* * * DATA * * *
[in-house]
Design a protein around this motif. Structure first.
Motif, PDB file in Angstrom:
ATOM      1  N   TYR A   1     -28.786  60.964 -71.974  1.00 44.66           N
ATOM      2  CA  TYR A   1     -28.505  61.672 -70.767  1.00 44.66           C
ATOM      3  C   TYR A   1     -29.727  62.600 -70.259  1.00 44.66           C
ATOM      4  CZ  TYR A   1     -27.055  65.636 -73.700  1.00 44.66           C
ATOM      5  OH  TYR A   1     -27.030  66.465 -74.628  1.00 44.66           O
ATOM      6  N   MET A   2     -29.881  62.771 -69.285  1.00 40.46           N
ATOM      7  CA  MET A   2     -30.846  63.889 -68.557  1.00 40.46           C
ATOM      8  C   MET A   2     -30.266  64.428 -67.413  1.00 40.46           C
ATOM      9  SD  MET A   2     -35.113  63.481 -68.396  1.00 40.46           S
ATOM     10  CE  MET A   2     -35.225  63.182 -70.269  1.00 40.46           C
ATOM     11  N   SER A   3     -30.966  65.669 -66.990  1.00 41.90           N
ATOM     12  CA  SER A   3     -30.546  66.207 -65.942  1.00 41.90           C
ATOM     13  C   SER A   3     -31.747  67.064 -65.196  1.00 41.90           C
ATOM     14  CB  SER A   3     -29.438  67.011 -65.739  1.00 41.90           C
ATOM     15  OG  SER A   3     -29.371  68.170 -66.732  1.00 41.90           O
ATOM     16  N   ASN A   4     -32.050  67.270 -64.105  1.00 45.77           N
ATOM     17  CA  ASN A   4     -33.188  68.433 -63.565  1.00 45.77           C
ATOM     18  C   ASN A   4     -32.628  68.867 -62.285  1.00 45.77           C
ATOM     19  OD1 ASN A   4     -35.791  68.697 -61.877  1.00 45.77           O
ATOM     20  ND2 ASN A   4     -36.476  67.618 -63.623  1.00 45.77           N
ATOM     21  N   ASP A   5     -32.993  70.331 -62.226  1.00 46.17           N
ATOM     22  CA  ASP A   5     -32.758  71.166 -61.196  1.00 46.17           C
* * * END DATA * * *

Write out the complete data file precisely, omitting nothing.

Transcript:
[in-house]
Design a protein around this motif. Structure first.
Motif, PDB file in Angstrom:
ATOM      1  N   TYR A   1     -28.786  60.964 -71.974  1.00 44.66           N
ATOM      2  CA  TYR A   1     -28.505  61.672 -70.767  1.00 44.66           C
ATOM      3  C   TYR A   1     -29.727  62.600 -70.259  1.00 44.66           C
ATOM      4  CZ  TYR A   1     -27.055  65.636 -73.700  1.00 44.66           C
ATOM      5  OH  TYR A   1     -27.030  66.465 -74.628  1.00 44.66           O
ATOM      6  N   MET A   2     -29.881  62.771 -69.285  1.00 40.46           N
ATOM      7  CA  MET A   2     -30.846  63.889 -68.557  1.00 40.46           C
ATOM      8  C   MET A   2     -30.266  64.428 -67.413  1.00 40.46           C
ATOM      9  SD  MET A   2     -35.113  63.481 -68.396  1.00 40.46           S
ATOM     10  CE  MET A   2     -35.225  63.182 -70.269  1.00 40.46           C
ATOM     11  N   SER A   3     -30.966  65.669 -66.990  1.00 41.90           N
ATOM     12  CA  SER A   3     -30.546  66.207 -65.942  1.00 41.90           C
ATOM     13  C   SER A   3     -31.747  67.064 -65.196  1.00 41.90           C
ATOM     14  CB  SER A   3     -29.438  67.011 -65.739  1.00 41.90           C
ATOM     15  OG  SER A   3     -29.371  68.170 -66.732  1.00 41.90           O
ATOM     16  N   ASN A   4     -32.050  67.270 -64.105  1.00 45.77           N
ATOM     17  CA  ASN A   4     -33.188  68.433 -63.565  1.00 45.77           C
ATOM     18  C   ASN A   4     -32.628  68.867 -62.285  1.00 45.77           C
ATOM     19  OD1 ASN A   4     -35.791  68.697 -61.877  1.00 45.77           O
ATOM     20  ND2 ASN A   4     -36.476  67.618 -63.623  1.00 45.77           N
ATOM     21  N   ASP A   5     -32.993  70.331 -62.226  1.00 46.17           N
ATOM     22  CA  ASP A   5     -32.758  71.166 -61.196  1.00 46.17           C